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EDUCATION

English Schools Foundation parents call on Hong Kong chief executive to probe fee rises

PUBLISHED : Friday, 28 March, 2014, 2:33pm
UPDATED : Saturday, 29 March, 2014, 9:04am
 

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English Schools Foundation parents urged Chief Executive Leung Chun-ying to look personally into an average 5 per cent fee rise announced yesterday.

The increase is the first important decision by the foundation since Belinda Greer took over as chief executive from Heather Du Quesnay in September. Greer said the increase was to cope with inflation, a 3.5 per cent pay rise for teachers and building costs.

But parent Hans Ladegaard said annual fee rises by the ESF - the largest provider of English-medium education in Hong Kong - had frozen out lower middle-class families.

"There're only elite schools left in Hong Kong and nowhere for lower middle-class kids to go."

Angie Lam, a member of an ESF parents' concern group, said the rise was unacceptable and the foundation should try to cut costs instead of "squeezing parents to pay more every year".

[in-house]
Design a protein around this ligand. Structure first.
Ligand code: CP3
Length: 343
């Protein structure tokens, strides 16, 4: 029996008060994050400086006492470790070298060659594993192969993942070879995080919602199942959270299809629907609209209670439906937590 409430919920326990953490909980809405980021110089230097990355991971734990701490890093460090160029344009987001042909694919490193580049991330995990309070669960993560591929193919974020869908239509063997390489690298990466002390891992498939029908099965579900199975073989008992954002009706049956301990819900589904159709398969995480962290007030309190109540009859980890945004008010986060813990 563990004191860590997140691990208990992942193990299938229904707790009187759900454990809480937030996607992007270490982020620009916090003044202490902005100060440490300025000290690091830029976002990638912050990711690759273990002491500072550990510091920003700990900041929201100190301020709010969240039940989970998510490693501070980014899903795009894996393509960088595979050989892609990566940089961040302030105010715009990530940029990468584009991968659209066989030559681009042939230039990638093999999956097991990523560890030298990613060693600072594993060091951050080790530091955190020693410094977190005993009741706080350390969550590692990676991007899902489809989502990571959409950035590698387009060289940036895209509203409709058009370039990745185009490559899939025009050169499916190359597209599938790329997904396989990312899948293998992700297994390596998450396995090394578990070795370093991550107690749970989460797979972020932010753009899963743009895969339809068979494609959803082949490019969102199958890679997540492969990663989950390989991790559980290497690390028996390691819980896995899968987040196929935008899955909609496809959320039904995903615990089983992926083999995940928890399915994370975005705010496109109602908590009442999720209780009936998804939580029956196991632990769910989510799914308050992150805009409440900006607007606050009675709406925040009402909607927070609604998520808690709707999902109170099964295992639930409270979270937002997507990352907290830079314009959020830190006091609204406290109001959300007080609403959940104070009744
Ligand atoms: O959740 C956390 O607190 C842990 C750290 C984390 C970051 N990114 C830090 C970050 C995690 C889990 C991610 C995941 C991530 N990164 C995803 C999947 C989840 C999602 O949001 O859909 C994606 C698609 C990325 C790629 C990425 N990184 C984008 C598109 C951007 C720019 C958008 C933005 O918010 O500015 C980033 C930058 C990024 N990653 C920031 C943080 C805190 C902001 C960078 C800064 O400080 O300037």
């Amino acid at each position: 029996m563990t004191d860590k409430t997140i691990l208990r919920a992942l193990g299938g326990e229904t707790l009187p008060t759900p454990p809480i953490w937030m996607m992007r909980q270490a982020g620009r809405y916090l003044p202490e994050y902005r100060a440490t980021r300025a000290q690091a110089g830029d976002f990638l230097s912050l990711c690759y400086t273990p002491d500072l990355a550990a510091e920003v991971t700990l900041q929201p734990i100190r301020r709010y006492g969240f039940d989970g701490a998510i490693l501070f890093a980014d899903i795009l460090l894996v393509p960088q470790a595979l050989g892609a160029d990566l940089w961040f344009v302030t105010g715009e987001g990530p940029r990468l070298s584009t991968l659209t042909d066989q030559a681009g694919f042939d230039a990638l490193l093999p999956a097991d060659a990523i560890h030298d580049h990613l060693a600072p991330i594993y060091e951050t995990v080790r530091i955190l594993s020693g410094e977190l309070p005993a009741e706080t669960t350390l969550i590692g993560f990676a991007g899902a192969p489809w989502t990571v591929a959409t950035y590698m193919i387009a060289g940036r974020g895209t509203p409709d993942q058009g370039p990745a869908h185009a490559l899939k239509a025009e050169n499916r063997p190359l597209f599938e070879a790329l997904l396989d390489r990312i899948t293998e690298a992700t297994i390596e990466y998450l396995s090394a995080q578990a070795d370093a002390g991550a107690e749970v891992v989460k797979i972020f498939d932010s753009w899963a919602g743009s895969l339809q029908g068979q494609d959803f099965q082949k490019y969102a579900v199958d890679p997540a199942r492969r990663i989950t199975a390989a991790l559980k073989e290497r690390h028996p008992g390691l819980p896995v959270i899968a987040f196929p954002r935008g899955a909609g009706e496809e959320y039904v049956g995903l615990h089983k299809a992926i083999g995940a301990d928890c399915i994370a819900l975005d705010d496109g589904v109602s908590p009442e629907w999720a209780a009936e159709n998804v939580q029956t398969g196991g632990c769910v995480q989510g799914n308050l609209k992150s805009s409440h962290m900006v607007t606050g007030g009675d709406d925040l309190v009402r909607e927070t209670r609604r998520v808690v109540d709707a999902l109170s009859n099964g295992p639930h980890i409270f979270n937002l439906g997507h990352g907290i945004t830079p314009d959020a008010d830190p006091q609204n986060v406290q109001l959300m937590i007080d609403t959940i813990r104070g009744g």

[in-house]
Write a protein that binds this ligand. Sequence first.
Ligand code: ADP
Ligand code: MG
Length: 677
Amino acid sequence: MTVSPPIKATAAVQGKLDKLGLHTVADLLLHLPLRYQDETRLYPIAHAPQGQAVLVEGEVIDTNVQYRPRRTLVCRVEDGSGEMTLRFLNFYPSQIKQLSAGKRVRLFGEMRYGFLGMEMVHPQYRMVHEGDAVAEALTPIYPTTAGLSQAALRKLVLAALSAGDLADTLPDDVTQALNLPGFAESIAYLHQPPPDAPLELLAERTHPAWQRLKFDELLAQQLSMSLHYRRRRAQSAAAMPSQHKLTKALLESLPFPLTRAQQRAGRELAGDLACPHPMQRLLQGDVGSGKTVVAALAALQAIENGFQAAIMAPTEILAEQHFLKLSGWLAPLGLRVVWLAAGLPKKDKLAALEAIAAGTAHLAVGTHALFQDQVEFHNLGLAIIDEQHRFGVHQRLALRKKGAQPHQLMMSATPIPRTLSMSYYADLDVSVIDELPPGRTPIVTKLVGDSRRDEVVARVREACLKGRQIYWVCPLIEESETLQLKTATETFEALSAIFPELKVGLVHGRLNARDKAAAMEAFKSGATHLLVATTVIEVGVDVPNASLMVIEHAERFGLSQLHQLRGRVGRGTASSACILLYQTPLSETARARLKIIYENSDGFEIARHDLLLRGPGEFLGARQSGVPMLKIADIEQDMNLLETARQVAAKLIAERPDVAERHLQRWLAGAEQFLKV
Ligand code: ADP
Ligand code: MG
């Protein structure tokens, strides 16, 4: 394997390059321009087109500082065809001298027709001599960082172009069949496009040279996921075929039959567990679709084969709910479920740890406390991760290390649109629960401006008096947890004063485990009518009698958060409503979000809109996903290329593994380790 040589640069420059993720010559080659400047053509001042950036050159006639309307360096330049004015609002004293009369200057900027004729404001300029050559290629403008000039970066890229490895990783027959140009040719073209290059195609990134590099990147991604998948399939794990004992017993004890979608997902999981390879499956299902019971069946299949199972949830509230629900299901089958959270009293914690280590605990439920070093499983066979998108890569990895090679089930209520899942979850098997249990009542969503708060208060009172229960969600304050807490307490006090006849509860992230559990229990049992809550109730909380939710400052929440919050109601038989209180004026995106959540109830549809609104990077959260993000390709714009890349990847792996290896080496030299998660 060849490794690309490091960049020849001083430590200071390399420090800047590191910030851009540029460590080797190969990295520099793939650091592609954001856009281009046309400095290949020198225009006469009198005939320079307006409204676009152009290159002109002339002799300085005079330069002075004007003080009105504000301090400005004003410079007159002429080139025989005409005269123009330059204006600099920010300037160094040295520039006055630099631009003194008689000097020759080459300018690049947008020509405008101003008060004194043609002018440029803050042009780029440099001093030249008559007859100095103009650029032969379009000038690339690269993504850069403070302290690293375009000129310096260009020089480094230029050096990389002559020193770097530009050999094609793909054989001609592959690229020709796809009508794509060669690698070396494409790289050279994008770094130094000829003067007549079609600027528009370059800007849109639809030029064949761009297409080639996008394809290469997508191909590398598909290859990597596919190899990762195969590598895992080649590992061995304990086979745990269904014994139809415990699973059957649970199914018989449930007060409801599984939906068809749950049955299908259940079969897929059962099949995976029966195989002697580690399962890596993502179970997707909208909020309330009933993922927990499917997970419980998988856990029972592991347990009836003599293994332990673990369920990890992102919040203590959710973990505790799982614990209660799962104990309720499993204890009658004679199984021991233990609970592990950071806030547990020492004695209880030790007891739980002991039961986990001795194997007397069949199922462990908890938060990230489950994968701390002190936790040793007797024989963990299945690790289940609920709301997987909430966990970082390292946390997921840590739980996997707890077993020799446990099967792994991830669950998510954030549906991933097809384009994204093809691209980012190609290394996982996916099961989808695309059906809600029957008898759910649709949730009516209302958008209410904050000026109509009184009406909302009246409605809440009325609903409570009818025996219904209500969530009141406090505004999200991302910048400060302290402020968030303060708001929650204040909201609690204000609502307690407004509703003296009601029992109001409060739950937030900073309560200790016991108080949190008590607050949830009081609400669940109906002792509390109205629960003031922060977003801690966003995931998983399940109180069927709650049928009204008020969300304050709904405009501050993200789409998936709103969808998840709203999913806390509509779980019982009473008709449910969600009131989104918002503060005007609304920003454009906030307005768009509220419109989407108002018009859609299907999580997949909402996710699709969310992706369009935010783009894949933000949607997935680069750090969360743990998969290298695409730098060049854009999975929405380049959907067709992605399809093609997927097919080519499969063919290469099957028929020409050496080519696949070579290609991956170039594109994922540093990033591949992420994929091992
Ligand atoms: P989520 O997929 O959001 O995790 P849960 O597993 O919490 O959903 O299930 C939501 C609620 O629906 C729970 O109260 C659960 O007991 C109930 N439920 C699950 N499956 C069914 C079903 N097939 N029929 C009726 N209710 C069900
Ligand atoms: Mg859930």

Lam, who has two children at ESF schools, accused Leung of failing to keep a promise that he would monitor the foundation closely and urged him to take a personal look at the increase.

The fee for primary classes in the coming school year will be HK$74,100, up about 5.9 per cent. For secondary years 7 to 11 it will be HK$105,700, up 4.2 per cent. The year 12 to 13 charge of HK$111,100 is a 4.5 per cent rise.

The Education Bureau said last year its annual subsidy of HK$283 million to the ESF would be phased out over 13 years from 2016.

Greer said the real challenge was how to prepare for the loss of the subsidy so fees remained lower than most international schools while improving standards. "We don't want to price people out," she said. "We want to continue to serve our families that we've been serving in the last 50 years."

The ESF also announced an increase of about 6.6 per cent for 2014-15 tuition fees at Discovery College on Lantau.

Watch: New chief vows English Schools Foundation will stay affordable

 

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